|Publication number||US5831463 A|
|Application number||US 08/696,311|
|Publication date||Nov 3, 1998|
|Filing date||Aug 13, 1996|
|Priority date||Aug 14, 1995|
|Also published as||EP0786170A1, WO1997007592A1|
|Publication number||08696311, 696311, US 5831463 A, US 5831463A, US-A-5831463, US5831463 A, US5831463A|
|Original Assignee||U.S. Philips Corporation|
|Export Citation||BiBTeX, EndNote, RefMan|
|Patent Citations (6), Referenced by (16), Classifications (11), Legal Events (4)|
|External Links: USPTO, USPTO Assignment, Espacenet|
The invention relates to an electronic circuit with at least one master-slave flip-flop. The flip-flop comprises a data input, a data output and a clock input. The flip-flop further has a clock-controlled pass gate, a master latch between the data input and the pass gate, and a slave latch between the pass gate and the data output. Each respective one of the latches comprises respective first and second logic gates coupled anti-parallel. The flip-flop further includes a buffer with a buffer input coupled to the master latch and with a buffer output coupled to the slave latch.
A static flip-flop is an important building block in the design of digital CMOS integrated circuits. A typical digital CMOS integrated circuit may contain several thousands of flip-flops. A typical master-slave flip-flop comprises a master latch and a slave latch interconnected through a transmission gate. Each respective one of the latches includes another transmission gate in the feedback loop formed by the first and second logic gates. This other transmission gate enables conflict-free writing and latching of the data. In operational use of the flip-flop the master and slave are alternately enabled to accept or store data under complementary control of the transmission gates, so as to functionally disconnect the flip-flop's input from its output.
A flip-flop as specified in the preamble is known from U.S. Pat. No. 5,189,315 issued to Akata, and comprises an inverting buffer. The buffer blocks the master from undesirable influence of the slave and renders the flip-flop suitable for higher clock rates than achievable in un-buffered flip-flops. Apart from the buffer, the known flip-flop has a conventional configuration in that each of the latches includes a respective further clock-controlled pass gate.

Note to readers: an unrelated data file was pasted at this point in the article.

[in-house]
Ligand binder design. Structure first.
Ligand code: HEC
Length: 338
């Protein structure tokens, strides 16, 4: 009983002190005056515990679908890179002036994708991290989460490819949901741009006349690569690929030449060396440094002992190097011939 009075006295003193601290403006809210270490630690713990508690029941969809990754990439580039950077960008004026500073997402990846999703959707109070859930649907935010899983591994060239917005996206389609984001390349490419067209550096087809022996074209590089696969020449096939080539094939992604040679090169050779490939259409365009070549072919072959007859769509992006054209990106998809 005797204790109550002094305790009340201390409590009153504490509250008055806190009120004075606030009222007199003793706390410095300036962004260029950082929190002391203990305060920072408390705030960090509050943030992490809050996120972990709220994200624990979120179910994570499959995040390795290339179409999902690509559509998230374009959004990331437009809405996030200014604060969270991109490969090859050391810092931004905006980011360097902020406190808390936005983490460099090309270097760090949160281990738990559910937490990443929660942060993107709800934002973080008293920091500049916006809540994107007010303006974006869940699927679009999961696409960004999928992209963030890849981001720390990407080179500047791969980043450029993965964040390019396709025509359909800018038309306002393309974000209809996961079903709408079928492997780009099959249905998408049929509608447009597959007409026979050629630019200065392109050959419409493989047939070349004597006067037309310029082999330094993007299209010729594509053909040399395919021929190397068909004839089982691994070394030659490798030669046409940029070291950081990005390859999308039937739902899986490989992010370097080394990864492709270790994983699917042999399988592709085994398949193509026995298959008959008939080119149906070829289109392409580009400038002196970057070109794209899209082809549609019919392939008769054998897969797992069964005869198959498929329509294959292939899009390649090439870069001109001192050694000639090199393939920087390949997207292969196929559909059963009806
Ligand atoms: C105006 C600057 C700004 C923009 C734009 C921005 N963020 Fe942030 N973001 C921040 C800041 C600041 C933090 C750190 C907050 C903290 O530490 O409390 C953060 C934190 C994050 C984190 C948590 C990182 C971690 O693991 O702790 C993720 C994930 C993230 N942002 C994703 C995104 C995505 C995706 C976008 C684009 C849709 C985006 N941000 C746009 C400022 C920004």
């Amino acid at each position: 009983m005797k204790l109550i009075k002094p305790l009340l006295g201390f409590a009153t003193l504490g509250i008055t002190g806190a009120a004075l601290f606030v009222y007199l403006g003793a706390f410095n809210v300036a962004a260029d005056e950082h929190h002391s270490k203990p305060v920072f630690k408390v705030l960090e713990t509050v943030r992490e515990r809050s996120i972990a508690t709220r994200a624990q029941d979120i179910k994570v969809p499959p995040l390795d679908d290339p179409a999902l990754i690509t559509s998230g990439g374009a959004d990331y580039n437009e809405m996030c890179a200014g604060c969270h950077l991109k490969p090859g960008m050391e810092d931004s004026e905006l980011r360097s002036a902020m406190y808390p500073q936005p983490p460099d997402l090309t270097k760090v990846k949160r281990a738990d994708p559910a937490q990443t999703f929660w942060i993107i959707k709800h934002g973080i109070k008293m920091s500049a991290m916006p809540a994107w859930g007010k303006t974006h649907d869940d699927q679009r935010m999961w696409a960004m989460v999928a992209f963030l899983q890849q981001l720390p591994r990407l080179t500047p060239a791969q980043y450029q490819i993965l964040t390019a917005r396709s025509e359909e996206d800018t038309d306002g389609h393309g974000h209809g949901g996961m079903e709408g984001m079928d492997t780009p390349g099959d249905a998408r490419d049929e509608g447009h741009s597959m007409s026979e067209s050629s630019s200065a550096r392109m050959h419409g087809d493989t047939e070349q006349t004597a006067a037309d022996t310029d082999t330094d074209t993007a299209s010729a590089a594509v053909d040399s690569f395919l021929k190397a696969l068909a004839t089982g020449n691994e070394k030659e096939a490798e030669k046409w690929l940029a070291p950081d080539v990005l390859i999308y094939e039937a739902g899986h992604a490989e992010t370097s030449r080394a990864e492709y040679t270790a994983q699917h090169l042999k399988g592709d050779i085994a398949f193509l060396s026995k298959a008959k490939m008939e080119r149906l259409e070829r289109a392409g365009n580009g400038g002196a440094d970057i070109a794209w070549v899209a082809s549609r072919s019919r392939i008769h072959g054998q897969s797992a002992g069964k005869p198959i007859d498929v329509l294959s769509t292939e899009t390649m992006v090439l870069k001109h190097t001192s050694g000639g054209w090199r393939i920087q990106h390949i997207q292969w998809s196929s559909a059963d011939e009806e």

It is, inter alia, an object of the invention to provide a master-slave flip-flop of the type named in the preamble that needs fewer components and less substrate area than the prior art flip-flop, yet without a substantial loss in performance.
To this end, the invention provides a circuit as specified in the preamble, characterized in that in at least the master latch or the slave latch, inputs of the first and second logic gates are directly connected to outputs of the second and first logic gates, respectively.
The configuration of at least the master or the slave latch is now similar to that of an SRAM cell. The latch having the logic gates directly interconnected now lacks the pass gate of the prior art. This saves substrate area that otherwise would have been used for the pass gate itself, the clock leads and their contacts. In addition, the clock driver now has to drive fewer gate capacitances per flip-flop than in the prior art. If the master latch in the circuit of the invention does not have a pass gate, then the master is written by a circuit that precedes the flip-flop and whose driving capability suffices to overwrite the master latch. The master itself can be kept fairly small. The task of the master latch now is data retention only. It is the buffer, and not the master, that writes the slave. Accordingly, the driving capability of the circuit preceding the master only needs to be slightly adapted, if at all, to the novel configuration of the flip-flop of the invention. If the slave latch in the circuit of the invention does not have a pass gate, then the buffer provides sufficient driving power to overwrite the slave. Since the buffer forms a uni-directional coupling, there is no need for a pass gate in the slave in order to prevent the master from being overwritten by the slave.
Within the context of the invention, the expression "pass gate" is used herein to cover any controllable passage, such as a clocked transmission gate, but also to indicate the controllable passage feature merged with the buffer such as provided by a clocked inverter. The pass gate may comprise a conventional parallel arrangement of an NFET and a PFET receiving complementary clock signals as in the cited prior art reference, or a single PFET or NFET. Alternatively, the pass gate may be functionally merged with the buffer such as in a clocked CMOS inverter. A clocked inverter may comprise, between the supply voltage and ground, a series arrangement of two PFETs and two NFETs, wherein one of the PFETs and one of the NFETs receive the signal from the master latch, and wherein the other PFET and NFET receive complementary clock signals.